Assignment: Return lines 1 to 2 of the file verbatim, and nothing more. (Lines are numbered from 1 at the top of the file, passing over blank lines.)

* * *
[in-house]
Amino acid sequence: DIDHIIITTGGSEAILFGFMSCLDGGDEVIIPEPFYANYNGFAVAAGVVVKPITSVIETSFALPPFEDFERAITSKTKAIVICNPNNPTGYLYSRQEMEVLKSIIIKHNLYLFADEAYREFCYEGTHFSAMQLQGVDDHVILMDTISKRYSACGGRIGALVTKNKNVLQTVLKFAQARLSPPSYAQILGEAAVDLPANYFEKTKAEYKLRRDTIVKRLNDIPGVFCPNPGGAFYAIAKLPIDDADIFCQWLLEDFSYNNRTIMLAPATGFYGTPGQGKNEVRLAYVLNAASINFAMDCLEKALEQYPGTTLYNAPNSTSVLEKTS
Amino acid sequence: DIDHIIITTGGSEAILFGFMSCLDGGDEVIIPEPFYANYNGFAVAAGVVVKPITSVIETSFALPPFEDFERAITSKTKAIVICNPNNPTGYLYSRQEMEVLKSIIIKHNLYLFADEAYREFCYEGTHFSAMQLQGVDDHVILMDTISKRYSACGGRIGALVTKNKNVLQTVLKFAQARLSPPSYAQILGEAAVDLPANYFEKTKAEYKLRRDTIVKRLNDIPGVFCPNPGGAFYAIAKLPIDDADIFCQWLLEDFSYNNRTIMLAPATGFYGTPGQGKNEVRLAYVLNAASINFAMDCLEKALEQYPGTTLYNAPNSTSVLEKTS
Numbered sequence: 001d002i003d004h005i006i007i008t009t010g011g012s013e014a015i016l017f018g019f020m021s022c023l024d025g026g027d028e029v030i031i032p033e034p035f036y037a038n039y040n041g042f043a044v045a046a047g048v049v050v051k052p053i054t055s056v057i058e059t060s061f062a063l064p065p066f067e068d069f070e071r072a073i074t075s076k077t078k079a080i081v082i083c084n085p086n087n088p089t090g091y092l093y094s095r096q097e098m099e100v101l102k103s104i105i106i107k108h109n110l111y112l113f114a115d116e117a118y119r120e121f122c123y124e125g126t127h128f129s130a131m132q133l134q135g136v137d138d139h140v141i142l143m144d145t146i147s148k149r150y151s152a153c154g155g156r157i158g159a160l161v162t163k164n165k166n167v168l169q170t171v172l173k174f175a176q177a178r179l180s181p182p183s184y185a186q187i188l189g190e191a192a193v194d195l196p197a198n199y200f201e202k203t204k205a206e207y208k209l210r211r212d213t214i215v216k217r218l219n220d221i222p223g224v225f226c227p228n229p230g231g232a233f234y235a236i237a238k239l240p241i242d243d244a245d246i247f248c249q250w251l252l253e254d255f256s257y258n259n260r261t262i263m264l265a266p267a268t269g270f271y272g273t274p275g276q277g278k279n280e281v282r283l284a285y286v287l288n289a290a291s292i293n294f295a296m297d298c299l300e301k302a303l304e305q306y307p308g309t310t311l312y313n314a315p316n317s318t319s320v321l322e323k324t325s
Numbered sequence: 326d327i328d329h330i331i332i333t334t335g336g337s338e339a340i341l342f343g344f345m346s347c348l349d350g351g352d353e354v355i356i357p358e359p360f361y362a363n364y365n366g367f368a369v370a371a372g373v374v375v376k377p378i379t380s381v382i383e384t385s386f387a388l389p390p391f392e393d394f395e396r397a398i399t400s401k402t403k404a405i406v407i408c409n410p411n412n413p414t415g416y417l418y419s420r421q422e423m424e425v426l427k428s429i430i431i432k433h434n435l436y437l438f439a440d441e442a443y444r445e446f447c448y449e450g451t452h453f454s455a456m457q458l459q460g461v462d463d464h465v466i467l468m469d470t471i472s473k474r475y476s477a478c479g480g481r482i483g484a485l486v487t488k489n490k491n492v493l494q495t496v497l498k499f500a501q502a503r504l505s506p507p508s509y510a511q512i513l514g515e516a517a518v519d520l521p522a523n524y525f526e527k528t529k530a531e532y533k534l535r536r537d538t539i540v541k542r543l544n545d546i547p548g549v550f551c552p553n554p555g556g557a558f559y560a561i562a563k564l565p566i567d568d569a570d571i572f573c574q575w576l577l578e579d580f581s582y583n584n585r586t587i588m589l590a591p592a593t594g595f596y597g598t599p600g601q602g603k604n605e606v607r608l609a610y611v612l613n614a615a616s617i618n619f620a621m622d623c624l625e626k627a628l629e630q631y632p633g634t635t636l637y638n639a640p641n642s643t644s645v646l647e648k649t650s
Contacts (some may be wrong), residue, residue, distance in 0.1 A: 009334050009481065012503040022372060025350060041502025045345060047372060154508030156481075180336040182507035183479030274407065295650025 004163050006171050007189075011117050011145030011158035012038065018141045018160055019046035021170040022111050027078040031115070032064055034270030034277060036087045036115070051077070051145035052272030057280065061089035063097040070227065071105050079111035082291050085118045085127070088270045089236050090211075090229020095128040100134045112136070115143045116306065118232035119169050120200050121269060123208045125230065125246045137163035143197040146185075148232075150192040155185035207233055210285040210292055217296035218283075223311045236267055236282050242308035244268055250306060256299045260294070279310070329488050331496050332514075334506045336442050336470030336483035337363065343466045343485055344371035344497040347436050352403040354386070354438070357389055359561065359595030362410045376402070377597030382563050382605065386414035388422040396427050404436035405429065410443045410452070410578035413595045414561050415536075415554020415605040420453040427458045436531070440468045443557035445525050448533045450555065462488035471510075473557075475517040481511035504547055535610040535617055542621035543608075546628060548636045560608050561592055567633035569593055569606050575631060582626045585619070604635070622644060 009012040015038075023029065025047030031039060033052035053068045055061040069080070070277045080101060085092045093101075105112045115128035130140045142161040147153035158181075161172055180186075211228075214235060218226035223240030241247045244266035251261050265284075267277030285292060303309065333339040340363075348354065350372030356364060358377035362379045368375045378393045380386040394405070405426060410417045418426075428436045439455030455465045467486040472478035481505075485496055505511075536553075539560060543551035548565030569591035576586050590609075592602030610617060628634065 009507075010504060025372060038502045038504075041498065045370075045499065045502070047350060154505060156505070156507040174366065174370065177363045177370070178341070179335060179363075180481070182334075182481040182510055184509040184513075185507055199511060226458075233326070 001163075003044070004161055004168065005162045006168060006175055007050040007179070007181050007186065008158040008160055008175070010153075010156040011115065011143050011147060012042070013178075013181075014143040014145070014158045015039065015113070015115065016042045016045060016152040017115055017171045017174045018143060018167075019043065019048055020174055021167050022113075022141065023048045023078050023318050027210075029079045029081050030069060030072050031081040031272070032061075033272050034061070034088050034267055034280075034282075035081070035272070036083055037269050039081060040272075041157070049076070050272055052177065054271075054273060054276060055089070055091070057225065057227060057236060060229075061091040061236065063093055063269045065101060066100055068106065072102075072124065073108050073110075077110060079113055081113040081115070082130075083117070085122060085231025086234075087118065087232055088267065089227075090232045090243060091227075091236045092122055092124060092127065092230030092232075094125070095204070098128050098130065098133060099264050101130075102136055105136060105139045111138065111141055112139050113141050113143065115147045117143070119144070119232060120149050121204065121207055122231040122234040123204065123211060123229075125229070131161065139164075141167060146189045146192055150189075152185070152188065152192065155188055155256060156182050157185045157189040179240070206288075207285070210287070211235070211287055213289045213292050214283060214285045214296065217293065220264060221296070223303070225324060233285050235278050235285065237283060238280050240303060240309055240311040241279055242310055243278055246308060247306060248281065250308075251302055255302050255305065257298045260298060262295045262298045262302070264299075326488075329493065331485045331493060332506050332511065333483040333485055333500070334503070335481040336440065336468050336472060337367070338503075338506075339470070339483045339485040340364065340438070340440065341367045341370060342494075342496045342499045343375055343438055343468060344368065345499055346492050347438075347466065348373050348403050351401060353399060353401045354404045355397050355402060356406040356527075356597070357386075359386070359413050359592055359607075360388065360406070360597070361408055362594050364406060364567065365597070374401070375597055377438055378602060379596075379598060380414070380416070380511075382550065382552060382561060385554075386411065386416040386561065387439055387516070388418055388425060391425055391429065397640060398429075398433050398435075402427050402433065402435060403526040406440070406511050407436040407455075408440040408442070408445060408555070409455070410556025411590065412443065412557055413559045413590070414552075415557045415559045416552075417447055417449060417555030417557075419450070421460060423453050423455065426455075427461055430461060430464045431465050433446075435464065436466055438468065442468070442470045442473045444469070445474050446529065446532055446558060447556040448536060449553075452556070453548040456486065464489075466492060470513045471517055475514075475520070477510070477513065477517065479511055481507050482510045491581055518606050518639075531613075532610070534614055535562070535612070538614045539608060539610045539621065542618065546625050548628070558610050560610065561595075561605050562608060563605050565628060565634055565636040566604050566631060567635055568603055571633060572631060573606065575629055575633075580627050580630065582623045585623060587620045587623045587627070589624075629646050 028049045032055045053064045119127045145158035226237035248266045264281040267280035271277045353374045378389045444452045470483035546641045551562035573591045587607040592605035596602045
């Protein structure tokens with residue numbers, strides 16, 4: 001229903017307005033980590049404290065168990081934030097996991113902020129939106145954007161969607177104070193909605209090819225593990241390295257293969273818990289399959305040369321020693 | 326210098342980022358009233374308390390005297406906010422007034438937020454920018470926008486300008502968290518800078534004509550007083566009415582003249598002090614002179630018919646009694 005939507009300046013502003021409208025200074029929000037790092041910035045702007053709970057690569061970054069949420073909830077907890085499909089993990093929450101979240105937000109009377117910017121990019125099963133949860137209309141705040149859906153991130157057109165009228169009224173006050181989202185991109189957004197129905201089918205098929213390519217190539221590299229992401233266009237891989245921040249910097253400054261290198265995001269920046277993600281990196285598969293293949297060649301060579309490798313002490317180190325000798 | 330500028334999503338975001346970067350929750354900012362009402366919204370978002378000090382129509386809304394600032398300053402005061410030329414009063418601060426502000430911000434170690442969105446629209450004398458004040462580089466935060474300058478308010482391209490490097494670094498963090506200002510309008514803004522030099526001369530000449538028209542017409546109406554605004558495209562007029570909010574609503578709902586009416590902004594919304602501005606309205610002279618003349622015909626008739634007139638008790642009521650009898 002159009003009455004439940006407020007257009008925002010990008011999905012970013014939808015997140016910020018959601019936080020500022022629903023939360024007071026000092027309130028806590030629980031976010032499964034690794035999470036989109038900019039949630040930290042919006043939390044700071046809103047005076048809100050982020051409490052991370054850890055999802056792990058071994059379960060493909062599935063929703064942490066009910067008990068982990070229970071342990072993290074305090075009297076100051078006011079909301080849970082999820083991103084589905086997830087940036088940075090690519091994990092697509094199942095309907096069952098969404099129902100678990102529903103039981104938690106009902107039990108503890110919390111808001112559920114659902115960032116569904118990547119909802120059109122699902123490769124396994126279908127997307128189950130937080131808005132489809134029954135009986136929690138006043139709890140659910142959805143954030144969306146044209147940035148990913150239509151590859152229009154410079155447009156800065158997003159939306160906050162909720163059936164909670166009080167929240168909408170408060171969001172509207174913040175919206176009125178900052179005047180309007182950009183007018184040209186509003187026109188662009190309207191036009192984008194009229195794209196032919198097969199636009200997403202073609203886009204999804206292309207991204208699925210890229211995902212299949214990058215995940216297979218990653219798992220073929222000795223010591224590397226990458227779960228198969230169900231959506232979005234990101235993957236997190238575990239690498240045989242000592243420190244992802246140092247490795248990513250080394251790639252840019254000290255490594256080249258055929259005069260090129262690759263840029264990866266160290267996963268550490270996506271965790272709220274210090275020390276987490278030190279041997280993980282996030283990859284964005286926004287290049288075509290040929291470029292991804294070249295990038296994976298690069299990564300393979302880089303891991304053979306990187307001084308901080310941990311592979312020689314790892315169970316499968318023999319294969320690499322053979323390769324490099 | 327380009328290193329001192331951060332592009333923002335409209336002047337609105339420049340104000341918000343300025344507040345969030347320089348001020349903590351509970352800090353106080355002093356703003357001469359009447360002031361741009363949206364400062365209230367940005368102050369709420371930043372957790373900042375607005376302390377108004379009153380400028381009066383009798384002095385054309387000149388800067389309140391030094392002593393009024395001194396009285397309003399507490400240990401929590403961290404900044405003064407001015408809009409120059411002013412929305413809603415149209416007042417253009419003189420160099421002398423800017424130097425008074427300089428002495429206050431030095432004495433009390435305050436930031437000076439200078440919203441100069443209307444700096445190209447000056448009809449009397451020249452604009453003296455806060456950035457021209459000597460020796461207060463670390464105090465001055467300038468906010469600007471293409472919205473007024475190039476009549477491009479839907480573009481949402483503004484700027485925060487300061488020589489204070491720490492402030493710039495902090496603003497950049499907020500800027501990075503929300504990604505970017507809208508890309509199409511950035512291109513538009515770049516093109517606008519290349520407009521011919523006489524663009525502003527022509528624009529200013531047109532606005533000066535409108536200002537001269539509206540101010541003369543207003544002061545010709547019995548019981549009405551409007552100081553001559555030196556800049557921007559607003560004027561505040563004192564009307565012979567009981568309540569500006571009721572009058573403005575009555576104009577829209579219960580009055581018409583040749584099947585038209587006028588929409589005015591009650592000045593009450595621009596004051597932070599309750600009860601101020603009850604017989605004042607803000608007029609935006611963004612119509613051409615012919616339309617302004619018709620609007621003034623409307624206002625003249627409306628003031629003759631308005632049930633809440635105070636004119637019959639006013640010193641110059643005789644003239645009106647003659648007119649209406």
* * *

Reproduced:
[in-house]
Amino acid sequence: DIDHIIITTGGSEAILFGFMSCLDGGDEVIIPEPFYANYNGFAVAAGVVVKPITSVIETSFALPPFEDFERAITSKTKAIVICNPNNPTGYLYSRQEMEVLKSIIIKHNLYLFADEAYREFCYEGTHFSAMQLQGVDDHVILMDTISKRYSACGGRIGALVTKNKNVLQTVLKFAQARLSPPSYAQILGEAAVDLPANYFEKTKAEYKLRRDTIVKRLNDIPGVFCPNPGGAFYAIAKLPIDDADIFCQWLLEDFSYNNRTIMLAPATGFYGTPGQGKNEVRLAYVLNAASINFAMDCLEKALEQYPGTTLYNAPNSTSVLEKTS